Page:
Effect of Loudspeaker Directivity Compared with In-room Measurements

We know loudspeakers sound different, we also know they can measure different – both in the lab, and in-room. But what if they seem to measure quite similar – and still sound very different. Is there something hidden in those measurements, that we missed?

Installing the new speakers

A living room with no acoustic treatment other than thin panels in the ceiling, quite lively acoustically. We compare some good, traditional speakers to the new full-range controlled directivity type.

After adjustments for level and bass-system integration, we can sit down and listen. And it sounds different. But when we look at the measured frequency responses, they are quite similar – they should sound the same?

Frequency response at listening position – green trad speaker, brown new Cd speaker
1/12 smoothing, so we can see what is going on – green trad speaker, brown new CD speaker
Separated traces – green trad speaker, purple new CD speaker

More listening

The new controlled directivity speakers gives a different presentation, where soundstage and the instruments within are perceived as much more precise and accurate, while they also maintain or improve their natural size. Clarity and definition is much better.

These are the first initial impressions. This was set up for demo purpose in a private home, for the owner to try out over some period of time in the coming days.

We go deeper into what has been measured

If we look at the decay profile, we see that the speakers actually do measure different – the controlled directivity speaker has more even and smoother decay, and early decay is more attenuated – trad speaker on left:

Decay 40ms profiles – trad speaker left, new CD speaker right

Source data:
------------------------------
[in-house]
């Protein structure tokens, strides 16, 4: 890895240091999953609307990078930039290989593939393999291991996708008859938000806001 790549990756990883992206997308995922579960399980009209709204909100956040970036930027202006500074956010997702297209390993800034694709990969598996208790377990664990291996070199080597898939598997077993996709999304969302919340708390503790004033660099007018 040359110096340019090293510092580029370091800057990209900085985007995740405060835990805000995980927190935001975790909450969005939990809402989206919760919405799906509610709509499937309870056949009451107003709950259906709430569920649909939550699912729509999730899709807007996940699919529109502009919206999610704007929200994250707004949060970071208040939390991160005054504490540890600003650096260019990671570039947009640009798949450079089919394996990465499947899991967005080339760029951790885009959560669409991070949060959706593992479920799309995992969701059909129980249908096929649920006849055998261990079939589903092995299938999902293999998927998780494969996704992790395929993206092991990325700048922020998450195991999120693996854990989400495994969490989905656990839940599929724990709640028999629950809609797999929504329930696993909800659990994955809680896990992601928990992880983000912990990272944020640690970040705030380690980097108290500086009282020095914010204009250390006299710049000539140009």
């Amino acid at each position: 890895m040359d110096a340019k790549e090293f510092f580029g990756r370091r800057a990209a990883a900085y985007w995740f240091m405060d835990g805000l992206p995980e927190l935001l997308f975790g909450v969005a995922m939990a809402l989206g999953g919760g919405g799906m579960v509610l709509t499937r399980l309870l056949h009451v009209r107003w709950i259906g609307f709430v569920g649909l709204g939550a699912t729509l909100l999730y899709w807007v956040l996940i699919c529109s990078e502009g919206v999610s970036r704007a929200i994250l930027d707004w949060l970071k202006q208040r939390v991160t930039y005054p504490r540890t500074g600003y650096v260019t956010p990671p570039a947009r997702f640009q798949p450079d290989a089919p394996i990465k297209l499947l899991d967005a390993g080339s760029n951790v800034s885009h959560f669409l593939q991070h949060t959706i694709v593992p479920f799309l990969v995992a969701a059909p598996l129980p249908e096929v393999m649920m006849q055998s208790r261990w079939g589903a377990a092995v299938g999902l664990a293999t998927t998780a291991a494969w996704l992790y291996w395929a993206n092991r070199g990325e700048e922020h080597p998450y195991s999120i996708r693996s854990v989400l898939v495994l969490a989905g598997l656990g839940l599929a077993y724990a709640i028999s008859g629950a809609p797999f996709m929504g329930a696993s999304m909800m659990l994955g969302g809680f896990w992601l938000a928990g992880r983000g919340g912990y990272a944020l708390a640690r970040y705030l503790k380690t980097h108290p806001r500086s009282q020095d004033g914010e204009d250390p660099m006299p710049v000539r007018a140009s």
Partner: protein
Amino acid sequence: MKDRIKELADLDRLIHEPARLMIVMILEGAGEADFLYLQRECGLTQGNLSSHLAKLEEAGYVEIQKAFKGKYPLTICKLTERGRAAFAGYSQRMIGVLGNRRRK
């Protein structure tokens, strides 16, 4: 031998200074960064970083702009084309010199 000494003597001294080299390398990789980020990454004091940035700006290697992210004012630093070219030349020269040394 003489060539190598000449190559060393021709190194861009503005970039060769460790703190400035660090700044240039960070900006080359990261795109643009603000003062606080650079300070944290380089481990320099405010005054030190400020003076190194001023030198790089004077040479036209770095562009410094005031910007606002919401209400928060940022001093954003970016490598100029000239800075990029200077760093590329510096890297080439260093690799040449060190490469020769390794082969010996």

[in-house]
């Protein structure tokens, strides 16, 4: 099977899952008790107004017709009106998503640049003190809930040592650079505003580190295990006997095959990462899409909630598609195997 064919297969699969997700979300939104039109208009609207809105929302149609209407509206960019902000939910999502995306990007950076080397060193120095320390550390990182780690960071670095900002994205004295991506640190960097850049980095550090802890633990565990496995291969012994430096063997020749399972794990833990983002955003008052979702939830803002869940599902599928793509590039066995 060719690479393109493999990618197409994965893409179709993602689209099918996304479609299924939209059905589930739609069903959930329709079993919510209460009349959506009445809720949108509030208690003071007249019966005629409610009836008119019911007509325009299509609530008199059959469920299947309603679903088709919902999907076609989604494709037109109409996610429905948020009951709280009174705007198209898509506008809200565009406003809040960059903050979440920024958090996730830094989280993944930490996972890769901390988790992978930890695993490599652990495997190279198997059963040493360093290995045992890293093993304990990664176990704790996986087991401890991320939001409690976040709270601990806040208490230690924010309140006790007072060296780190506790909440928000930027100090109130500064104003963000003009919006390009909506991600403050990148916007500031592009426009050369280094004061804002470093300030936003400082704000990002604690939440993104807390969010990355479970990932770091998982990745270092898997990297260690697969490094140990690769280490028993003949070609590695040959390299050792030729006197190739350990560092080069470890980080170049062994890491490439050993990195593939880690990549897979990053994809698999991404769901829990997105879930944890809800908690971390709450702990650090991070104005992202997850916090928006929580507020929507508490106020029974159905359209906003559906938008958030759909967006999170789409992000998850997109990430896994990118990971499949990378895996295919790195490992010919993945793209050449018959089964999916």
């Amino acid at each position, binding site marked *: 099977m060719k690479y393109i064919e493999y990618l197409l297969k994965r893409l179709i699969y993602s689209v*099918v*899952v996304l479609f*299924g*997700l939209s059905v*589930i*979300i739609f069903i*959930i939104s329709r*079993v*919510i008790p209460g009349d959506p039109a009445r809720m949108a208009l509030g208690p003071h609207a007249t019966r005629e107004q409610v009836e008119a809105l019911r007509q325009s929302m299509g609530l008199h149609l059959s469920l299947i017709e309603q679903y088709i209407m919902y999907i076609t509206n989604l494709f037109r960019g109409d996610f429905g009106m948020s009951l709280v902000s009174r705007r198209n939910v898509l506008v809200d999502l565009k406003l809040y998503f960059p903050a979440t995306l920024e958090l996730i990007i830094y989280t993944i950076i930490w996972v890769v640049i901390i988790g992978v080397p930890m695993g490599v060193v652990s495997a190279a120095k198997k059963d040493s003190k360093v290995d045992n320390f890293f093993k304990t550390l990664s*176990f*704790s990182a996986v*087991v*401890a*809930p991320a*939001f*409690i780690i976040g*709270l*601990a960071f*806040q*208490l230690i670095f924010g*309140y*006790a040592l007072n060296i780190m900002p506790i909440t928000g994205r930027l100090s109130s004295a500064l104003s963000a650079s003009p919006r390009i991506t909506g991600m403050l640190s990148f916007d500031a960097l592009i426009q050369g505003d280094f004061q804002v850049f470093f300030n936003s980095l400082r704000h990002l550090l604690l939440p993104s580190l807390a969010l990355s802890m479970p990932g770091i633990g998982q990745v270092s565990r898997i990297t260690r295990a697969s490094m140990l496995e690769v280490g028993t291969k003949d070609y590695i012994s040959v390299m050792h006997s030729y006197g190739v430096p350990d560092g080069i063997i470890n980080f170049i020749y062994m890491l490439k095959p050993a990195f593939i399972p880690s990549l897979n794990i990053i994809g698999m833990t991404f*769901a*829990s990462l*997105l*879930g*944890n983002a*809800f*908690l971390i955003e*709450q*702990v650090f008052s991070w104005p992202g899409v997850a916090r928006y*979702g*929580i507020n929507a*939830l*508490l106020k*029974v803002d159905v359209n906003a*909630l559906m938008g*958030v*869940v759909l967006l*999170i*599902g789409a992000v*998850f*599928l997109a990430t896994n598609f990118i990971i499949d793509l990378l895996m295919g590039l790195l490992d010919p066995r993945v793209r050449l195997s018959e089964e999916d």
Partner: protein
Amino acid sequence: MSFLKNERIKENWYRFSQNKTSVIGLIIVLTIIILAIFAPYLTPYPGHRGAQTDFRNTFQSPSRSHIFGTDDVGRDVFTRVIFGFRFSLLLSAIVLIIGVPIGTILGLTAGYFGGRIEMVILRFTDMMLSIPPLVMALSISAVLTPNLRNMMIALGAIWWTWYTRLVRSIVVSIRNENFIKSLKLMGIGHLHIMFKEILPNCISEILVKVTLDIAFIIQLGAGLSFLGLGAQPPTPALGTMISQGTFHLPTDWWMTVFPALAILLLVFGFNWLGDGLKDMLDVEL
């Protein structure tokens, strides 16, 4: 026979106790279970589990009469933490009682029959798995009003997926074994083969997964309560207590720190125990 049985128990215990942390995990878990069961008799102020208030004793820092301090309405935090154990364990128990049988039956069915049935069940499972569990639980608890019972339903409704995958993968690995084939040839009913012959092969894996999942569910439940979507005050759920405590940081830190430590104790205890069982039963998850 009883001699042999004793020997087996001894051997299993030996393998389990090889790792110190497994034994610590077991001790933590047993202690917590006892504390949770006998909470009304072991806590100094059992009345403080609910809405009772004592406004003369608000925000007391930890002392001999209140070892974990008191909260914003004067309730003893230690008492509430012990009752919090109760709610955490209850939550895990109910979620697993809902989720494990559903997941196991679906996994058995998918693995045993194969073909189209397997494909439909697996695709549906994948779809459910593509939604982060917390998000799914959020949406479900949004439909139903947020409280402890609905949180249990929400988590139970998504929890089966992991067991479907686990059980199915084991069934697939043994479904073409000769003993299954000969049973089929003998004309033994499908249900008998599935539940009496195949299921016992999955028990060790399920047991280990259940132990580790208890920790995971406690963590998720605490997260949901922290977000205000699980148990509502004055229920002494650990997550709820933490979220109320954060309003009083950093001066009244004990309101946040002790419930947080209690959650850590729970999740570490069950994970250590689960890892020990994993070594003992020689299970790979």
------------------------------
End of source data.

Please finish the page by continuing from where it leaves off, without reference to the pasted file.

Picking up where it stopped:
Decay 40ms 1/3 smoothing – trad speaker left, new CD speaker right

Ignore below 100Hz, as there is a lot of noise below 30Hz in some of the measurements, and we also did some small adjustments to the bass-system, crossover is 120Hz.

Spectrum plot reveals same behavior – trad speaker on left:

Spectrum – trad speaker left, new CD speaker right

Update: Added spectrum plot with 60dB scale:

Spectrum 60dB scale – trad speaker left, CD speaker right

The controlled directivity speaker has more frequency linear decay, it is smoother with less pronounced resonances, and early decay is faster.

We can see differences in group delay, especially in the low midrange – trad speaker on left:

Group delay – trad speaker left, new CD speaker right

And here is how those controlled directivity speakers measure in one of my rooms, actually the “bad room” – with same scaling on graphs:

F205 in the media-room, decay 40ms and spectrum

Quite a huge difference, but the sound in this room compared to the previous more live one has much of the same character – open, defined, large soundstage. Which shows that it is difficult to predict exactly how something sounds, looking at measurements alone, because how it looks on a graph does not necessarily correlate well to how we hear.

Conclusions

  • Frequency response alone does not fully describe the sound we hear
  • Analyzing decay profile reveals differences attributed to speaker radiation patterns
  • Measurements can be used to compare – which one of 2 is better
  • Controlled and more narrow directivity distributes the sound better across the whole room, and greatly improves soundstage accuracy and size
  • Controlled directivity reduces negative effects of less than perfect room acoustics

Comments or want to discuss this article? Then you can use the discussion thread on the forum: https://www.kvalsvoll.com/blog/kvalsvoll-design-audio-forum/topic/effect-of-loudspeaker-directivity-compared-with-in-room-measurements-2/

Update: Several new graph pictures posted in the forum thread.